Painted this way, studying math is no different to studying any other topic in programming, machine learning, or other technical subjects.

It’s highly productive, and it’s a lot of fun!

This section provides more resources on the topic if you are looking to go deeper.

In this post, you discovered the concrete difference between the top-down and bottom-up approaches to learning technical material and why this is the approach that practitioners should and do use to learn machine learning and even related mathematics.

Specifically, you learned:

- The bottom-up approach used in universities to teach technical subjects and the problems with it.
- How people learn to read, drive, and program in a top-down manner and how the top-down approach works.
- The frame of machine learning and even mathematics using the top-down approach to learning and how to start to make rapid progress as a practitioner.

Do you have any questions?

Ask your questions in the comments below and I will do my best to answer.

The post Why Machine Learning Does Not Have to Be So Hard appeared first on Machine Learning Mastery.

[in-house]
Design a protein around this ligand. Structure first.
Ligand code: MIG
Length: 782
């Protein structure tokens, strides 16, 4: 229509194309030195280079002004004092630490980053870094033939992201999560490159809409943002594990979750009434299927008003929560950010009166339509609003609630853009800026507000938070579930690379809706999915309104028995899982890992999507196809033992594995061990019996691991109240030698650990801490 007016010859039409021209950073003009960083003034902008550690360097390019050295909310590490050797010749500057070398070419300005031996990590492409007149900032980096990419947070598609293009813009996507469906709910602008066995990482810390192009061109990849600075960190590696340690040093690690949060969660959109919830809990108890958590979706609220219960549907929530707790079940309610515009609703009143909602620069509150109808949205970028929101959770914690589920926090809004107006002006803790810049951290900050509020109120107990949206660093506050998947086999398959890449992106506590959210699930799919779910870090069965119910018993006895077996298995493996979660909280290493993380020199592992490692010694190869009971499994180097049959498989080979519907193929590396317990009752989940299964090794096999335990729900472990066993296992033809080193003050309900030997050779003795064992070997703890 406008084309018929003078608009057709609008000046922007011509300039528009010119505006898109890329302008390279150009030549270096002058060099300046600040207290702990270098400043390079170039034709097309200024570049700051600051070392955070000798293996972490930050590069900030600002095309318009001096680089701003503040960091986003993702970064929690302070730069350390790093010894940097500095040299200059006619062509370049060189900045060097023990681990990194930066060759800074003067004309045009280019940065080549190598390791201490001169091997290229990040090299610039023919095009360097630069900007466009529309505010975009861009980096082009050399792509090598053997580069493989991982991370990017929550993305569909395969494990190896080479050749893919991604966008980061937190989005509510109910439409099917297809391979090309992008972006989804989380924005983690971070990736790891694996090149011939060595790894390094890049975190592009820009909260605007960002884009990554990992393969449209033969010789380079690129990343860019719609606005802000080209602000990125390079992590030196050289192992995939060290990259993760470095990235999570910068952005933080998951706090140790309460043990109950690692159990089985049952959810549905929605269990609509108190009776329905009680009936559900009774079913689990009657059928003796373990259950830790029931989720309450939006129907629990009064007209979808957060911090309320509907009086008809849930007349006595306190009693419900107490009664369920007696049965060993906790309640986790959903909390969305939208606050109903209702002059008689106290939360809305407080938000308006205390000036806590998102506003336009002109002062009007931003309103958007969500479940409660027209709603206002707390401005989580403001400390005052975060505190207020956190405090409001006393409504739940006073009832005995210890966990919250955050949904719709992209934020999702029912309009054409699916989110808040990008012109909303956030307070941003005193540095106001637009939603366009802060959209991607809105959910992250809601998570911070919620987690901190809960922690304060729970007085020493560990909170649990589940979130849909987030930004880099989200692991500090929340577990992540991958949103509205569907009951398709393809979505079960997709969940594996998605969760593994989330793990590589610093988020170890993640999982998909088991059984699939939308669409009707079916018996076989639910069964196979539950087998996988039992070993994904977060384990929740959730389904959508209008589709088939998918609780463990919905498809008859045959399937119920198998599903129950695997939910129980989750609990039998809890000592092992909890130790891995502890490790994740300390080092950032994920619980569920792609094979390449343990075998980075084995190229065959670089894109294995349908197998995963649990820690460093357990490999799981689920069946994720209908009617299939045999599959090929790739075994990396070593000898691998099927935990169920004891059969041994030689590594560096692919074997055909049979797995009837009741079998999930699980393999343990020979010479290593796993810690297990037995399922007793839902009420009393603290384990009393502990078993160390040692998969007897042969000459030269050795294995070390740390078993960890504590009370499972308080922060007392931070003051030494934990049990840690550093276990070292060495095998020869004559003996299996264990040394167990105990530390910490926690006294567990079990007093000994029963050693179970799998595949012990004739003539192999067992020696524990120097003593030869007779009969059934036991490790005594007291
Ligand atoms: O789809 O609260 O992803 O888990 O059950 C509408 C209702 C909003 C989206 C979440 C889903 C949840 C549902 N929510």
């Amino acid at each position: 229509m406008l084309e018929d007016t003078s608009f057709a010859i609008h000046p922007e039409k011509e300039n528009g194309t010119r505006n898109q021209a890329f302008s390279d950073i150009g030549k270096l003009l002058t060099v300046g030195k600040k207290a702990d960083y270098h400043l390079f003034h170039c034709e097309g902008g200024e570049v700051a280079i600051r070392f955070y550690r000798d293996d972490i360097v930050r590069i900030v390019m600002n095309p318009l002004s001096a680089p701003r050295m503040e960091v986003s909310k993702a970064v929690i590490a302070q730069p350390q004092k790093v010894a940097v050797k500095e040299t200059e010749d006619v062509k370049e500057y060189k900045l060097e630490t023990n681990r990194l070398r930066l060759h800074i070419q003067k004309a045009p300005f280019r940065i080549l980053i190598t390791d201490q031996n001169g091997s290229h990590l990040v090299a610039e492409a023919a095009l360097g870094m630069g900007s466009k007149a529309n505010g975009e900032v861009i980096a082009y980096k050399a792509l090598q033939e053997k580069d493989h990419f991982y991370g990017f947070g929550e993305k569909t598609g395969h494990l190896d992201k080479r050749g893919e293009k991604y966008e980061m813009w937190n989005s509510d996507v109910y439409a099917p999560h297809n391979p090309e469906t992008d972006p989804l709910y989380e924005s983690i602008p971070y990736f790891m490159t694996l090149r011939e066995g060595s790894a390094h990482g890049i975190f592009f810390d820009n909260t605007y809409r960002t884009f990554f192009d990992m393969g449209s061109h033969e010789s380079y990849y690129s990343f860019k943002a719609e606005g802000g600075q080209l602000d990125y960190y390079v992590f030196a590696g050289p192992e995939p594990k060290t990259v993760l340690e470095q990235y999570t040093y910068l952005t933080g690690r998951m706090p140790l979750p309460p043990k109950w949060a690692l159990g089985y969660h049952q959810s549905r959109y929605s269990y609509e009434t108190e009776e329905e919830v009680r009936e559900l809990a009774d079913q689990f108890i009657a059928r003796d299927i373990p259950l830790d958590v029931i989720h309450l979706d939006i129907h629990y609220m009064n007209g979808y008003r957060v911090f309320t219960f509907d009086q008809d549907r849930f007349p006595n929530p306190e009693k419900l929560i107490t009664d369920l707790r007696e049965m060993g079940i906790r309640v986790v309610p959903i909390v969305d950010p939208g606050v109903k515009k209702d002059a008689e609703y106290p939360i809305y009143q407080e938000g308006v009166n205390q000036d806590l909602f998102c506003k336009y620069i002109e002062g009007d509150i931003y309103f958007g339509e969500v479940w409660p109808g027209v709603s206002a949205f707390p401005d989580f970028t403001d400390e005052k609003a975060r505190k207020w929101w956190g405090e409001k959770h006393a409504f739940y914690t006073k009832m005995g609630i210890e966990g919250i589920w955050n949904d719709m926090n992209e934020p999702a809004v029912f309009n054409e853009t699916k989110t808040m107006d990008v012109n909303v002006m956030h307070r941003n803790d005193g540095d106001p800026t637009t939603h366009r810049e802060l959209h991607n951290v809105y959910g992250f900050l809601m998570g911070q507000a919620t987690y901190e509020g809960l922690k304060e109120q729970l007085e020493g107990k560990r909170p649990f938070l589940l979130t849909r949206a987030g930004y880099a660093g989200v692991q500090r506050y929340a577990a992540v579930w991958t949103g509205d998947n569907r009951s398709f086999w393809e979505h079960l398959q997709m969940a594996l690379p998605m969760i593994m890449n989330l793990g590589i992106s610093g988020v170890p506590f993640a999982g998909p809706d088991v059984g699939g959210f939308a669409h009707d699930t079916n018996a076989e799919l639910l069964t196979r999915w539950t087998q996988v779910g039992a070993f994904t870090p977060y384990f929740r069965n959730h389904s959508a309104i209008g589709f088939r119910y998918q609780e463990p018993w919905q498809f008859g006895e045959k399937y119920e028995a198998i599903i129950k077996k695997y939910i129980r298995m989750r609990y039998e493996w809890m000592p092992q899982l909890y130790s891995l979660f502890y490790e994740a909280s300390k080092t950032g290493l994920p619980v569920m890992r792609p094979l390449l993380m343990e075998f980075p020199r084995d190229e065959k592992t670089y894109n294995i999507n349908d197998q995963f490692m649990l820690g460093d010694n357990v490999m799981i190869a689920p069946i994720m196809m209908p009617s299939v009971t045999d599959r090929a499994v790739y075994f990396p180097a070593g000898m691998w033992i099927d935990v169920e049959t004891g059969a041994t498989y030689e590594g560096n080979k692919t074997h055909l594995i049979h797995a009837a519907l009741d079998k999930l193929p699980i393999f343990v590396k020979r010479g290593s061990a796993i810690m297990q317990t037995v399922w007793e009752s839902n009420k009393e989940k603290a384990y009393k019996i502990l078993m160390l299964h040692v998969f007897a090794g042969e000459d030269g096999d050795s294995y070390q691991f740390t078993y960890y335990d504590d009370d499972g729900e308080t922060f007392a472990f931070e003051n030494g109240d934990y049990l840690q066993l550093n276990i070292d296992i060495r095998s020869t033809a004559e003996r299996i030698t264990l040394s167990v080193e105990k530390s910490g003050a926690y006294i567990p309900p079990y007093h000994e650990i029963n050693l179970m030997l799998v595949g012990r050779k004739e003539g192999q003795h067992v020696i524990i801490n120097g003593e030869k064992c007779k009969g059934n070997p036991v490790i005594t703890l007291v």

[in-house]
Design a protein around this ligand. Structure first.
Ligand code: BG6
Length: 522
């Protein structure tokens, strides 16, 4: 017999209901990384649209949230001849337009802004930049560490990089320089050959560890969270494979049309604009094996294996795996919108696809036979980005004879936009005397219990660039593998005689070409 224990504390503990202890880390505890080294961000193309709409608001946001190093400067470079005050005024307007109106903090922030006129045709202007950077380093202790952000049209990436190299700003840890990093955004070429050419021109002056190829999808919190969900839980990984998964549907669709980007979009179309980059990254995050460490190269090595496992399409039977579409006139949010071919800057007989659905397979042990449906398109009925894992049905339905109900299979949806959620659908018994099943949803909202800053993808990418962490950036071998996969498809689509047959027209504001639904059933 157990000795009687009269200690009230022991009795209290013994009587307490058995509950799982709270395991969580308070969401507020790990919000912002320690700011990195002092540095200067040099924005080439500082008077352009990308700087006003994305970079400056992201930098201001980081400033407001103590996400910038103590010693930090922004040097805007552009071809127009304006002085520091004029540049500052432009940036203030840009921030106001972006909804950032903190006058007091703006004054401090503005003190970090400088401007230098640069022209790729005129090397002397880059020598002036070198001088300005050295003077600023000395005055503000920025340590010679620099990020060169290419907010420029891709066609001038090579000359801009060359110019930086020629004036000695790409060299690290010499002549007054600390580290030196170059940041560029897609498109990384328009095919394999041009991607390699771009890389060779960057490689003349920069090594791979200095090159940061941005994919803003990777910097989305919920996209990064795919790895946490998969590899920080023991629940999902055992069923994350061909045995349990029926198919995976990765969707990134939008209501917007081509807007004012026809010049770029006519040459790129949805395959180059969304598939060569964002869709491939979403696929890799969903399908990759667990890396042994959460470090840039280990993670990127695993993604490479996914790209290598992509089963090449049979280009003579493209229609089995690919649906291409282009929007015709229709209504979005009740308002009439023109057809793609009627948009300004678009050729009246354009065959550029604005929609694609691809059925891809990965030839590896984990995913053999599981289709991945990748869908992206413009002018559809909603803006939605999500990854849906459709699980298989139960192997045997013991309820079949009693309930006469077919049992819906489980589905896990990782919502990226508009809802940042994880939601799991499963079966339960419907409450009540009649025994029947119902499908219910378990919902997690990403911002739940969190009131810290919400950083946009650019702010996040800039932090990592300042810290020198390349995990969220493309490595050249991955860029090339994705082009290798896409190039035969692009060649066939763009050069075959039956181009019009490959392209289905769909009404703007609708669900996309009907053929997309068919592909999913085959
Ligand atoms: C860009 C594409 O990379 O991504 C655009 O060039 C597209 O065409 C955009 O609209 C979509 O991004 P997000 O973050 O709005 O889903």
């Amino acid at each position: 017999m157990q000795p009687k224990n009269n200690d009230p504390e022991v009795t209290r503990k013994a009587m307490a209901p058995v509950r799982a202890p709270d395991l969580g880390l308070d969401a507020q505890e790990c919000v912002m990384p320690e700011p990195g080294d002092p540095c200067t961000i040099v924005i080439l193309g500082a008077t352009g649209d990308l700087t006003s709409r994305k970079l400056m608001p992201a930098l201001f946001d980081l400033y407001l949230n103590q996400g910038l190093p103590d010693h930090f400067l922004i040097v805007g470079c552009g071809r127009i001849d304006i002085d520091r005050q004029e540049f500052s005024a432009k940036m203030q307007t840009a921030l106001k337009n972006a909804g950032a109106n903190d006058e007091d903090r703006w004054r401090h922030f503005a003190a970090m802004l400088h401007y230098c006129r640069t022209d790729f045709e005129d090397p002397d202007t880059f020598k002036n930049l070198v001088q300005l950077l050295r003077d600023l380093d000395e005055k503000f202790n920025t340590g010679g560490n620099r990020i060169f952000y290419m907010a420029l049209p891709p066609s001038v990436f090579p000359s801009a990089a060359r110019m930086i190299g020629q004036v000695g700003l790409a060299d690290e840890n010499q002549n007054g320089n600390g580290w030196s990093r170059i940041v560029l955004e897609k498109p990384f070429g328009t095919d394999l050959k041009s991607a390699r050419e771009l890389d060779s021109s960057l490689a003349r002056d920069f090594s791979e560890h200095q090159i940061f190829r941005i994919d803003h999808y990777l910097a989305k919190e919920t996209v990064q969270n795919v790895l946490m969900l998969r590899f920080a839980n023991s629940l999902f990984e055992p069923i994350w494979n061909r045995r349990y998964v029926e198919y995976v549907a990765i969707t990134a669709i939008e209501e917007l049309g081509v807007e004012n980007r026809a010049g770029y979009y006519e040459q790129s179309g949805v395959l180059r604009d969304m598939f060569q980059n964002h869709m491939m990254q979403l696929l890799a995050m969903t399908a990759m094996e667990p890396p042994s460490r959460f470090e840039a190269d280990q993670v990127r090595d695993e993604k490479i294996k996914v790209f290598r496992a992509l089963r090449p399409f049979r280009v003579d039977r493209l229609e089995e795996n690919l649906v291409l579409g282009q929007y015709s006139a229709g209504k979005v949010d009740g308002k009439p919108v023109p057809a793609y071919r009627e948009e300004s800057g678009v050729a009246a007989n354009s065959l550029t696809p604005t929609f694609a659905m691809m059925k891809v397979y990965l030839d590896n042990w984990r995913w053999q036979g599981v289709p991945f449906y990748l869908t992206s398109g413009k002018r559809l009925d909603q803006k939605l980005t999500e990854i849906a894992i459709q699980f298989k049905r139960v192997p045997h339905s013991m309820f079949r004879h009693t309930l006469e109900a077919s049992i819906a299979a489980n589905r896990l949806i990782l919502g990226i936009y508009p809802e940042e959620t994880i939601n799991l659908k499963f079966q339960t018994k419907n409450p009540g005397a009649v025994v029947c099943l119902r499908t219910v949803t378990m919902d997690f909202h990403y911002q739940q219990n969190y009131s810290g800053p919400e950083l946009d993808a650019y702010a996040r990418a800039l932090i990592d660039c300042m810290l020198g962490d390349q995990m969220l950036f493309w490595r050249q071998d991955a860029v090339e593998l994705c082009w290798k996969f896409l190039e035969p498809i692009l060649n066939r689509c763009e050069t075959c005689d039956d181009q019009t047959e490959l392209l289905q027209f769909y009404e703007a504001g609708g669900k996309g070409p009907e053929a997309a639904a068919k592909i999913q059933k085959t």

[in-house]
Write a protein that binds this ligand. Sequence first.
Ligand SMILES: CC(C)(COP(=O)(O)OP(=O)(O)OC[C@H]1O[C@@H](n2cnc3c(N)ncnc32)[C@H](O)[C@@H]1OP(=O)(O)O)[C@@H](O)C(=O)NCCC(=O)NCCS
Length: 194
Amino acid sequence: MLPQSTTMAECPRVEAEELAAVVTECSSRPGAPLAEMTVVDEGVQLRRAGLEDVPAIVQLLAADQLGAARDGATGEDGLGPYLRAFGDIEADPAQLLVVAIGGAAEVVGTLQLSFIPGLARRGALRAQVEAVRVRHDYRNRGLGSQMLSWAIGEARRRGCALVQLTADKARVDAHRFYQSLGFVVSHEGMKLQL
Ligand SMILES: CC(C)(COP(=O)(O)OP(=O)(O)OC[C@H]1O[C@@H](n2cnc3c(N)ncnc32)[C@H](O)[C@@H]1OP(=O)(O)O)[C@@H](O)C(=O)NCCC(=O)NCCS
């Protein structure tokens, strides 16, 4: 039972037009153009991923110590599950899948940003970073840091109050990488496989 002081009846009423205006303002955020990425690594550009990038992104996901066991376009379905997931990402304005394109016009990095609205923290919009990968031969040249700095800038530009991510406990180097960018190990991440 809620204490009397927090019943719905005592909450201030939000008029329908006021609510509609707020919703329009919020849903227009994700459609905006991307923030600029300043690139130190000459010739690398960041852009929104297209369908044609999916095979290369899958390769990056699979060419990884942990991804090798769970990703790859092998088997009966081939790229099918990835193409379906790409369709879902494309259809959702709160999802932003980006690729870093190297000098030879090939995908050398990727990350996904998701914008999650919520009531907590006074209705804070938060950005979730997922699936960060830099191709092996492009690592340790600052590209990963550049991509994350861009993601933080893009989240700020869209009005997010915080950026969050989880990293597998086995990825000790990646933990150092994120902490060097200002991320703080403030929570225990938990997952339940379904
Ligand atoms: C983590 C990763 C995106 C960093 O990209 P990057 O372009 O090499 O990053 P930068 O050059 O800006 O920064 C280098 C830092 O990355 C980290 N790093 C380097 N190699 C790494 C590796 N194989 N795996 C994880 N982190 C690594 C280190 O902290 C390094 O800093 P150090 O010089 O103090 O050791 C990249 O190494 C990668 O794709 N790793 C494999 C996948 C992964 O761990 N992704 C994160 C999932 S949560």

]]>The post Why Do Machine Learning Algorithms Work on New Data? appeared first on Machine Learning Mastery.

]]>I recently got the question:

“How can a machine learning model make accurate predictions on data that it has not seen before?”

The answer is generalization, and this is the capability that we seek when we apply machine learning to challenging problems.

In this post, you will discover generalization, the superpower of machine learning

After reading this post, you will know:

- That machine learning algorithms all seek to learn a mapping from inputs to outputs.
- That simpler skillful machine learning models are easier to understand and more robust.
- That machine learning is only suitable when the problem requires generalization.